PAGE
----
Building your own garden pool is a fun family project but be prepared for some hard work and some expense. When you see the finished product and get to enjoy your garden pool, however, I think you will agree it was worth the work and the expense.
First, Choose the Location of Your Garden Pool
The very first thing you need to do is decide where you want your garden pool and understand the limits that the location puts on your pool. Plan how the pool will fit in to the rest of the area as far as traffic, sunshine or shade and overall effect. Plan on paper, using graph paper to scale. Athough this may feel like a pain now, it will save you lots of work, including a possible ‘re-do’ later.
For our garden pool, we chose a space approximately 35 inches across and 50 inches long, right by the front door of our house, where it gets morning sun only.
Second, Buy the Pool Liner
Once you have decided where the garden pool will go, start looking for a pool liner. There are many things you can use for a pool liner. A pre-made liner is easiest. But anything from that to a free form that you dig and line with 4- or 6-mil plastic-or even cement!-will work!
For ours we chose a “cowboy bath tub”, a 110 gallon stock tank which cost about $60 at a local hardware store. It is oval, is wider at the top rim than the bottom, and is made of 100% recycled black plastic. Most importantly, it fit the area we had for a pool and it fit the budget.
Third, Dig the Hole
I know this sounds obvious, but this is the hard work of building a garden pool. Dig deep enough to bury the whole pool to the rim. If your design allows, you could put the pool at ground level and fill in around it. But for sure, your garden pool will need support of some kind on the sides simply because the water that fills it is so heavy.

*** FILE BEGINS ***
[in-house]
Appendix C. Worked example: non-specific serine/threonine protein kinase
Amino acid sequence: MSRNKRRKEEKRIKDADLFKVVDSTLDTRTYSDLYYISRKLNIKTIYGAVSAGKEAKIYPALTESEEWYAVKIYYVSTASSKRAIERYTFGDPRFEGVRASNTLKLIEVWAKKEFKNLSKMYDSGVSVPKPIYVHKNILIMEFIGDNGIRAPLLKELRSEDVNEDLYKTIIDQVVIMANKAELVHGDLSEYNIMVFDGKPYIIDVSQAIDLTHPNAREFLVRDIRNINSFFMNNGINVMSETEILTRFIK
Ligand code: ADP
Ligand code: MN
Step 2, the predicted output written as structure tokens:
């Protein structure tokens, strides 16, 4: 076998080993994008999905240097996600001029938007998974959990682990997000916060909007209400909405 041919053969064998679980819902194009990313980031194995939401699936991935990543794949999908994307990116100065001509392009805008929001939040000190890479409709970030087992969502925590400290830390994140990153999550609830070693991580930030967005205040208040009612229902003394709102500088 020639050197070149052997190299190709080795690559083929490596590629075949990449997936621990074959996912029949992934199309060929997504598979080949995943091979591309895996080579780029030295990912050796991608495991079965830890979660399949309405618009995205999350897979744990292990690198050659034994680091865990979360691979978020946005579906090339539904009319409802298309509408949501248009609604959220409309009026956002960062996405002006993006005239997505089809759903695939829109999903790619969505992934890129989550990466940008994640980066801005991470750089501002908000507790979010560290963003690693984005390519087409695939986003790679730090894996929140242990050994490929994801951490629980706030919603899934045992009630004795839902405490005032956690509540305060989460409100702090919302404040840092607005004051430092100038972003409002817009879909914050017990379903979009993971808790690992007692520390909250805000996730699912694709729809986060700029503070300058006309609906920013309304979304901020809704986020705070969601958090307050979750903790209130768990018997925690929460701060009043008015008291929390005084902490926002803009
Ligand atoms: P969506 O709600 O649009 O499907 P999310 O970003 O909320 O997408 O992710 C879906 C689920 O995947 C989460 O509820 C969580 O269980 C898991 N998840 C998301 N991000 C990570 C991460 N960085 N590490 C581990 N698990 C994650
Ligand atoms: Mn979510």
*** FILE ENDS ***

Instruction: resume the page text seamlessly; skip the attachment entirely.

Also, because of the weight, in the bottom of the hole, spread about two inches of sand. This sand makes leveling the garden pool much easier. More importantly it made a smooth even surface for the bottom of the pool. No stones or other sharp objects can stick up through the bottom once it is full of heavy water. Once you have the pool liner in place, check to see that the rim of the pool is level in all directions. Now all that’s left is to fill the pool.
For our garden pool, we buried all but the top 8 inches. Even though it is very thick material, we put two inches of sand under it to help level and protect it. Our sidewalk was so close, however, we had to chip some of the cement away to keep it from poking in the side of our liner.
Finally, Surround and Accessorize the Pool
The final step, once you have the garden pool in the ground and filled, is to make a garden in and around it! We had already decided to surround the pool with brick, to match our house and then place plants to soften the edges. In planning we left room for plants in pots so we can change out what is there according to the season. We also put some gold fish in the pool, which, according to a friend here in Dallas, TX says we will not have to take out come winter. His have survived and multiplied over many years. Finally we bought some water plants and a small pump for a recirculating fountain, to complete the garden pool. We are thinking about adding an underwater light as much for safety as anything else: the pool is right next to the path to the front door.
Overall, our pool cost about one hundred dollars in materials, and the electricity for running the pump will be maybe a dollar a month more on our electric bill, if that. Depending on what you use for the liner (the biggest expense) and what kind of electrical features you want (next biggest expense), it could cost more or less for you. But the enjoyment of digging and leveling and bricking and such was more than worth that much already. And the value of the future evenings enjoyed sitting by that garden pool with at cup of coffee or cold drink, and the value added to our home, is just icing on the cake.